High-yield bond funds offer good cash flow
It seems that all the attention is focused on income trusts these days. But there are many other options for yield-hungry investors, and a well-balanced portfolio should include them for diversification.
One mutual fund category that’s worth a look is look is high-yield bonds. As a group, these funds have scored some impressive returns lately. For the year to June 30, the average fund of this type gained 12.6%, making this one of the most productive investment categories during that period.
However, that type of gain is not typical, nor is likely to continue. Over three years, the average high-yield bond fund gained a much more modest 4.7% annually, which is more along the lines of what you might expect over time.
The real long-term attraction of these funds is cash flow, which tends to be higher than that from a regular bond fund. During low interest rate times such as these, a high-yield bond fund that provides regular distributions is a useful additional to any income-oriented portfolio. Here are two worth considering.
Standard Life Corporate High-Yield Bond Fund. This fund has been listed as a “Prosing Newcomer” in the past two editions of my annual Buyer’s Guide to Mutual Funds. It recently passed its third birthday, so it now qualifies for a formal rating, and I’m giving it $$$ (out of four). Although this is a high-yield fund, it is much more selective about the securities it buys than many others in the category. Only bonds with a rating of at least BBB qualify for inclusion (the TD fund that follows will hold issues as low as B rating). That reduces the risk of default significantly and the fund’s excellent safety rating is testimony to that. The offset is that higher-rated bonds don’t pay as much interest so the returns here may be somewhat reduced. Nonetheless, they’re pretty good. Over the year to June 30, the fund gained 15.1% and the three-year average annual return of 7.5% is second-best in the category. Distributions are paid quarterly and the fund is yielding 4.1% based on the current price. This is a good choice for those who want a more safety in a high-yield fund. Consider it for a RRIF.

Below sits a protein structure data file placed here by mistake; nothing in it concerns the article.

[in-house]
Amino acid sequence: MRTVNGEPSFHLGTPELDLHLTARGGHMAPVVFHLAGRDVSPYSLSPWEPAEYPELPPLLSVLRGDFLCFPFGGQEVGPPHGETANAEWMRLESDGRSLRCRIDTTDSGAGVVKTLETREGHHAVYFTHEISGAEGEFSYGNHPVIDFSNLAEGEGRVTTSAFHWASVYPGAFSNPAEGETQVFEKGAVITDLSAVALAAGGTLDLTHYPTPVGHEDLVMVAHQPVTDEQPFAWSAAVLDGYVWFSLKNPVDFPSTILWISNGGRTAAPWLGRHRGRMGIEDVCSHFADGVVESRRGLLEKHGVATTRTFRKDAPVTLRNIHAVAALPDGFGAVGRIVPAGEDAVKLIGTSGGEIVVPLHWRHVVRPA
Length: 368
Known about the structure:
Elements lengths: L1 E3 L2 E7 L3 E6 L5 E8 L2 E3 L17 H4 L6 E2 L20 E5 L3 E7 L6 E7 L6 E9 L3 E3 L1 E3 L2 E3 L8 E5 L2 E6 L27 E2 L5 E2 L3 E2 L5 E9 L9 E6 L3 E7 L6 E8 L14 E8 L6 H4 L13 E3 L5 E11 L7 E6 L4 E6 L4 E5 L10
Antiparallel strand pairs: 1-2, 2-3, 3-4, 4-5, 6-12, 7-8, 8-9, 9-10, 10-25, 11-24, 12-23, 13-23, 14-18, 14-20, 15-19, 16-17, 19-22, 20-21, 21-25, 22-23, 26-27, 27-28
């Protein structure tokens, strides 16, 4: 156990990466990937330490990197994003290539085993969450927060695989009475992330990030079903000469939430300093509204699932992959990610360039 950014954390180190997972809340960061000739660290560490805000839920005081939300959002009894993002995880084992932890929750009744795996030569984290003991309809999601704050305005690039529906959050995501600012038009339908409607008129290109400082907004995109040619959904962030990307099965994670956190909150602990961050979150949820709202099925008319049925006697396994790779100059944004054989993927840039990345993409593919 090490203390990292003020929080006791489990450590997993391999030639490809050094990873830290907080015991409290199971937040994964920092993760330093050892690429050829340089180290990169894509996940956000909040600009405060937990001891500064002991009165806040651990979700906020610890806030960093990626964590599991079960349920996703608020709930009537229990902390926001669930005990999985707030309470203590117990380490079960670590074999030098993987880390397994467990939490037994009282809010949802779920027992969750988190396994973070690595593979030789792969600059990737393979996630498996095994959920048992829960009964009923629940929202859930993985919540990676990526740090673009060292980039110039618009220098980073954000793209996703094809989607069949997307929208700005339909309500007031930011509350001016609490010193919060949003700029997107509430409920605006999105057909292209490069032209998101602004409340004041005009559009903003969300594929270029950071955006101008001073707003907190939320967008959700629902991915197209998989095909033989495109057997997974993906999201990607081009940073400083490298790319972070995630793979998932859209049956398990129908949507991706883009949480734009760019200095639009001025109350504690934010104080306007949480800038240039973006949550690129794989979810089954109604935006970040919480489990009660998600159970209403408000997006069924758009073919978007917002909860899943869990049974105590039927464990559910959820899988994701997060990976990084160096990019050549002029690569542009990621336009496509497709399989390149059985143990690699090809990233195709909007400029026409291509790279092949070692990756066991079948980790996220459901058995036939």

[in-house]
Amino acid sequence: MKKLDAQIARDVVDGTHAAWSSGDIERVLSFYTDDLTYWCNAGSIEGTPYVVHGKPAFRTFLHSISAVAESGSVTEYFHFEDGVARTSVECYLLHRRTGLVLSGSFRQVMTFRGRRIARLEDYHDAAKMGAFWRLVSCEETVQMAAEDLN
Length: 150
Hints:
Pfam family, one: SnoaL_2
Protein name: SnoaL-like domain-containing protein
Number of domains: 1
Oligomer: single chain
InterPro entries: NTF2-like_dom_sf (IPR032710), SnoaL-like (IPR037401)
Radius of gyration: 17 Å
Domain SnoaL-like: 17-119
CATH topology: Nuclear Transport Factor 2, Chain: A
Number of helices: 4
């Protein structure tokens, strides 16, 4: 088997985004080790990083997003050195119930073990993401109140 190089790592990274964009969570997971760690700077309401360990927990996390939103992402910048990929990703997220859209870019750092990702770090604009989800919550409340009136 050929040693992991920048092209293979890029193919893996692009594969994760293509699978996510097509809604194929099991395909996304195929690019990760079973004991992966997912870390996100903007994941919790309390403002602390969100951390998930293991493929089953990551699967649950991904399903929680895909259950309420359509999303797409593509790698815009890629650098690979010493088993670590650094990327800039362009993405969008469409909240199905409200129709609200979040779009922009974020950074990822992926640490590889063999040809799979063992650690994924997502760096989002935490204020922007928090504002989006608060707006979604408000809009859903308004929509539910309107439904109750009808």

TD High Yield Income Fund. I have been quite impressed with the income funds offered by TD, and this is another feather in their cap. The fund’s mandate allows it to invest in high-yield government and corporate bonds, domestic or foreign, rated B or better by a recognized rating service. Right now, the portfolio is almost exclusively in corporate issues from such companies as Rogers Communications, Stelco, Bombardier, and Telus. Results have been very good. Over the year to June 30, the fund gained 18.3%, well above average for the category. Three-year average annual compound rate of return was also above average, at 6.7%. Risk is about on a par with the rest of the high-yield bond peer group. Distributions are paid monthly and the current annualized cash-on-cash yield is 7.3%. The fund is no-load and has a minimum initial investment of $1,000 (only $100 if you buy it for an RRSP or RRIF). Just two caveats. There is more risk here than in the Standard Life fund and, unlike most high-yield bond funds, this one is classified as foreign content in registered plans.
Adapted from an article that originally appeared in Mutual Funds Update, a monthly newsletter that offers practical advice on portfolio building and fund selection for investors. For subscription information: http://www.buildingwealth.ca/bookstore/productdetail.cfm?product_id=80